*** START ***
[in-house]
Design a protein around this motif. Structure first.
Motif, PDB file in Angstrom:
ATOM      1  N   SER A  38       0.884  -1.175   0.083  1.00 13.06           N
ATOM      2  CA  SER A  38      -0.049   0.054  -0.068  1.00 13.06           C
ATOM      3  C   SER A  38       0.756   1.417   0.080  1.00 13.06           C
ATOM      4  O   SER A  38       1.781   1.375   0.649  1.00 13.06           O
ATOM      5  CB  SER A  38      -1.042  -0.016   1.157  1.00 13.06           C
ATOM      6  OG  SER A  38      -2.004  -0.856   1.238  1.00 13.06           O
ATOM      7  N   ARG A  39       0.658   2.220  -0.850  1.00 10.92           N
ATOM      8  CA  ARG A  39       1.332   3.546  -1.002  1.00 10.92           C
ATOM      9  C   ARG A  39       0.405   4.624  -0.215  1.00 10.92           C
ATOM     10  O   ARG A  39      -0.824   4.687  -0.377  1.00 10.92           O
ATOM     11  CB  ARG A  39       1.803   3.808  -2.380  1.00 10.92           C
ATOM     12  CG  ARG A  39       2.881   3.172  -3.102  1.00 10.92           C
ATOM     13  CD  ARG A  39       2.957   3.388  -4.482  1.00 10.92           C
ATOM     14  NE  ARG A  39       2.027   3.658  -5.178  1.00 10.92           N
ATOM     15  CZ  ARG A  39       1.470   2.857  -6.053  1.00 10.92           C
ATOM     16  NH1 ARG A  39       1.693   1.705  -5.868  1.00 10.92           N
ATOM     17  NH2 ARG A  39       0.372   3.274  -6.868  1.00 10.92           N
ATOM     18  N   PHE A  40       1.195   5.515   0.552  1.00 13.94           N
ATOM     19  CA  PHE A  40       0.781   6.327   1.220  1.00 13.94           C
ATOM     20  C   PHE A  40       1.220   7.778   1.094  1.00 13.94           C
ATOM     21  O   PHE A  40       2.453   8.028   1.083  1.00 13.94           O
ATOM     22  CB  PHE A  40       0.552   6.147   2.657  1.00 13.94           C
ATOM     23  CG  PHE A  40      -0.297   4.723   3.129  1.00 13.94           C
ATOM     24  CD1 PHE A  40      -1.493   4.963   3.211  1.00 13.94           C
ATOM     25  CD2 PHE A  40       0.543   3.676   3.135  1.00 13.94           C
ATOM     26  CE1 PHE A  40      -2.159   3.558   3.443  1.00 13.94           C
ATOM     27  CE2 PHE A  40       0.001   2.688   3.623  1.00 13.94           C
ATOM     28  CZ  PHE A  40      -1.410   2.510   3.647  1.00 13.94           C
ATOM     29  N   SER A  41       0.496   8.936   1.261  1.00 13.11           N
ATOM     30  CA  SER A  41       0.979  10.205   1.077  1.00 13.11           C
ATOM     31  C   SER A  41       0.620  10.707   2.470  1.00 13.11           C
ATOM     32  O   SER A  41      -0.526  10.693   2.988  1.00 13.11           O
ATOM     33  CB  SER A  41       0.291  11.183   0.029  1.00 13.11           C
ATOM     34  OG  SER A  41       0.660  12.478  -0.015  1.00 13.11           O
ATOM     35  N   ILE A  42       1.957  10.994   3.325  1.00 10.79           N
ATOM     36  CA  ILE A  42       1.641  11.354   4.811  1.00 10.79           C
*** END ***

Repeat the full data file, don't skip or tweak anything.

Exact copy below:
[in-house]
Design a protein around this motif. Structure first.
Motif, PDB file in Angstrom:
ATOM      1  N   SER A  38       0.884  -1.175   0.083  1.00 13.06           N
ATOM      2  CA  SER A  38      -0.049   0.054  -0.068  1.00 13.06           C
ATOM      3  C   SER A  38       0.756   1.417   0.080  1.00 13.06           C
ATOM      4  O   SER A  38       1.781   1.375   0.649  1.00 13.06           O
ATOM      5  CB  SER A  38      -1.042  -0.016   1.157  1.00 13.06           C
ATOM      6  OG  SER A  38      -2.004  -0.856   1.238  1.00 13.06           O
ATOM      7  N   ARG A  39       0.658   2.220  -0.850  1.00 10.92           N
ATOM      8  CA  ARG A  39       1.332   3.546  -1.002  1.00 10.92           C
ATOM      9  C   ARG A  39       0.405   4.624  -0.215  1.00 10.92           C
ATOM     10  O   ARG A  39      -0.824   4.687  -0.377  1.00 10.92           O
ATOM     11  CB  ARG A  39       1.803   3.808  -2.380  1.00 10.92           C
ATOM     12  CG  ARG A  39       2.881   3.172  -3.102  1.00 10.92           C
ATOM     13  CD  ARG A  39       2.957   3.388  -4.482  1.00 10.92           C
ATOM     14  NE  ARG A  39       2.027   3.658  -5.178  1.00 10.92           N
ATOM     15  CZ  ARG A  39       1.470   2.857  -6.053  1.00 10.92           C
ATOM     16  NH1 ARG A  39       1.693   1.705  -5.868  1.00 10.92           N
ATOM     17  NH2 ARG A  39       0.372   3.274  -6.868  1.00 10.92           N
ATOM     18  N   PHE A  40       1.195   5.515   0.552  1.00 13.94           N
ATOM     19  CA  PHE A  40       0.781   6.327   1.220  1.00 13.94           C
ATOM     20  C   PHE A  40       1.220   7.778   1.094  1.00 13.94           C
ATOM     21  O   PHE A  40       2.453   8.028   1.083  1.00 13.94           O
ATOM     22  CB  PHE A  40       0.552   6.147   2.657  1.00 13.94           C
ATOM     23  CG  PHE A  40      -0.297   4.723   3.129  1.00 13.94           C
ATOM     24  CD1 PHE A  40      -1.493   4.963   3.211  1.00 13.94           C
ATOM     25  CD2 PHE A  40       0.543   3.676   3.135  1.00 13.94           C
ATOM     26  CE1 PHE A  40      -2.159   3.558   3.443  1.00 13.94           C
ATOM     27  CE2 PHE A  40       0.001   2.688   3.623  1.00 13.94           C
ATOM     28  CZ  PHE A  40      -1.410   2.510   3.647  1.00 13.94           C
ATOM     29  N   SER A  41       0.496   8.936   1.261  1.00 13.11           N
ATOM     30  CA  SER A  41       0.979  10.205   1.077  1.00 13.11           C
ATOM     31  C   SER A  41       0.620  10.707   2.470  1.00 13.11           C
ATOM     32  O   SER A  41      -0.526  10.693   2.988  1.00 13.11           O
ATOM     33  CB  SER A  41       0.291  11.183   0.029  1.00 13.11           C
ATOM     34  OG  SER A  41       0.660  12.478  -0.015  1.00 13.11           O
ATOM     35  N   ILE A  42       1.957  10.994   3.325  1.00 10.79           N
ATOM     36  CA  ILE A  42       1.641  11.354   4.811  1.00 10.79           C